The headquarters of what has rapidly become the largest school in the world, at 10 million students strong, is stuffed into a few large communal rooms in a decaying 1960s office building hard by the commuter rail tracks in Mountain View, Calif. Despite the cramped, dowdy circumstances, youthful optimism at the Khan Academy abounds. At the weekly organization-wide meeting, discussion about translating their offerings into dozens of languages is sandwiched between a video of staffers doing weird dances with their hands and plans for upcoming camping and ski trips.
Pivoting, Salman Khan, the 36-year-old founder, cracks a sports joke appropriate for someone who holds multiple degrees from MIT and Harvard. It involves LeBron James (a Khan Academy fan), three-point shots and sophisticated algorithms called Monte Carlo simulations. The company’s 37 employees, mostly software developers with stints at places like Google and Facebook, are the types who know when to laugh. And they do.
It’s a prototypical Silicon Valley ethos, with one exception: The Khan Academy, which features 3,400 short instructional videos along with interactive quizzes and tools for teachers to chart student progress, is a nonprofit, boasting a mission of “a free world-class education for anyone anywhere.” There is no employee equity; there will be no IPO; funding comes from philanthropists, not venture capitalists.
“I could have started a for-profit, venture-backed business that has a good spirit, and I think there are many of them–Google for instance,” says Khan, his eyes dancing below his self-described unibrow. “Maybe I could reach a billion people. That is high impact, but what happens in 50 years?”
It’s a fair question, with an increasingly sure answer: The next half-century of education innovation is being shaped right now. After decades of yammering about “reform,” with more and more money spent on declining results, technology is finally poised to disrupt how people learn. And that creates immense opportunities for both for-profit entrepreneurs and nonprofit agitators like Khan.
How immense? According to a report from the President’s Council of Economic Advisers, global spending on education is $3.9 trillion, or 5.6% of planetary GDP. America spends the most–about $1.3 trillion a year–yet the U.S. ranks 25th out of the 34 OECD countries in mathematics, 17th in science and 14th in reading. And, as in so many other areas of American life, those averages obscure a deeper divide: The U.S. is the only developed country to have high proportions of both top and bottom performers. About a fifth of American 15-year-olds do not have basic competence in science; 23% can’t use math in daily life.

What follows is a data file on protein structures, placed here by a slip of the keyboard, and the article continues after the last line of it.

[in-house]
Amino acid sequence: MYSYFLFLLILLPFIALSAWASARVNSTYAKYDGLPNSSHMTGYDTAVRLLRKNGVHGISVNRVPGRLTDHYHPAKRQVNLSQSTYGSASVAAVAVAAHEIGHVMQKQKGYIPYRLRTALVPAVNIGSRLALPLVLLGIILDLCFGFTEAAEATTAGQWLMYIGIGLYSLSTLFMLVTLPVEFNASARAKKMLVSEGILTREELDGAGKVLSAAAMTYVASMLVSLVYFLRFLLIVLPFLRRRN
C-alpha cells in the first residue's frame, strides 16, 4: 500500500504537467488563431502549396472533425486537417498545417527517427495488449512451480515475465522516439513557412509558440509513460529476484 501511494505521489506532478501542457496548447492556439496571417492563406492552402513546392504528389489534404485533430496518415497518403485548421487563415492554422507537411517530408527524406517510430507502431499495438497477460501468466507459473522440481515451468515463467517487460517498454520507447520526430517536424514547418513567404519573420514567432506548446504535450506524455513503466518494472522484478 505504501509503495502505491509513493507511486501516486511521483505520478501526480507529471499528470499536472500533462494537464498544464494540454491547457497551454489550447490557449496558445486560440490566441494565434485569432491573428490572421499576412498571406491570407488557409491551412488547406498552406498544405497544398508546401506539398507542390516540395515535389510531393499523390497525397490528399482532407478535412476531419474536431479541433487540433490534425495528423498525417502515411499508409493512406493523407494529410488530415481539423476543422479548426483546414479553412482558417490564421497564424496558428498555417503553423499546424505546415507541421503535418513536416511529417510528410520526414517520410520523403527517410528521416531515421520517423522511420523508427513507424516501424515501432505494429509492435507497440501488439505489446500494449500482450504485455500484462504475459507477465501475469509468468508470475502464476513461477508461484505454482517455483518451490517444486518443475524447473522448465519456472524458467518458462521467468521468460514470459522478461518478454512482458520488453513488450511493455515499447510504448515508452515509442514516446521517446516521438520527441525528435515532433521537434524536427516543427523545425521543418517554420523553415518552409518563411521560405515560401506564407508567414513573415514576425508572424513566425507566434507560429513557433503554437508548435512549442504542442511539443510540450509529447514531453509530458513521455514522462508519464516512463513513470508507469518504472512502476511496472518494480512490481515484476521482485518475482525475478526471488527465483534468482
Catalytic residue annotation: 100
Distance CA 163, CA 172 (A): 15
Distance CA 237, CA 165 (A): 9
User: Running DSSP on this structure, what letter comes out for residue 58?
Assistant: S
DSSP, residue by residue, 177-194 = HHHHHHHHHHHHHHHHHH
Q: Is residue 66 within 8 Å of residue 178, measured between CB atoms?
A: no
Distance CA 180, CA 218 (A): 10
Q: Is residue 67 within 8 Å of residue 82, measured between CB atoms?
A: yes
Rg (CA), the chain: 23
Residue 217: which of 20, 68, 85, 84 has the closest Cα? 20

It’s those latter statistics that motivate Khan. The site covers a staggering array of topics–from basic arithmetic and algebra to the electoral college and the French Revolution. The videos are quirky affairs where you never see the instructor (usually Salman Khan himself, who personally has created nearly 3,000 of them). Instead, students are confronted with a blank digital blackboard, which, over the course of a ten-minute lesson narrated in Khan’s soothing baritone, is gradually filled up with neon-colored scrawls illustrating key concepts. The intended effect is working through homework at the kitchen table with your favorite uncle looking over your shoulder.
Or make that the planet’s favorite uncle. Over the past two years Khan Academy videos have been viewed more than 200 million times. The site is used by 6 million unique students each month (about 45 million total over the last 12 months), who have collectively solved more than 750 million problems (about 2 million a day), and the material, which is provided at no cost, is (formally or informally) part of the curriculum in 20,000 classrooms around the world. Volunteers have translated Khan’s videos into 24 different languages, including Urdu, Swahili and Chinese.
Beyond admirers like Milner, Khan’s meteoric success has attracted the financial support of a bevy of high-profile, socially minded backers, including Ann Doerr, the wife of billionaire venture capitalist John Doerr; Bill Gates; Netflix CEO Reed Hastings; NewSchools Venture Fund, whose CEO is the former president of the California State Board of Education; and Google, whose chairman, Eric Schmidt, serves on the academy’s board. In total Khan has raised $16.5 million, with assurances of more to come.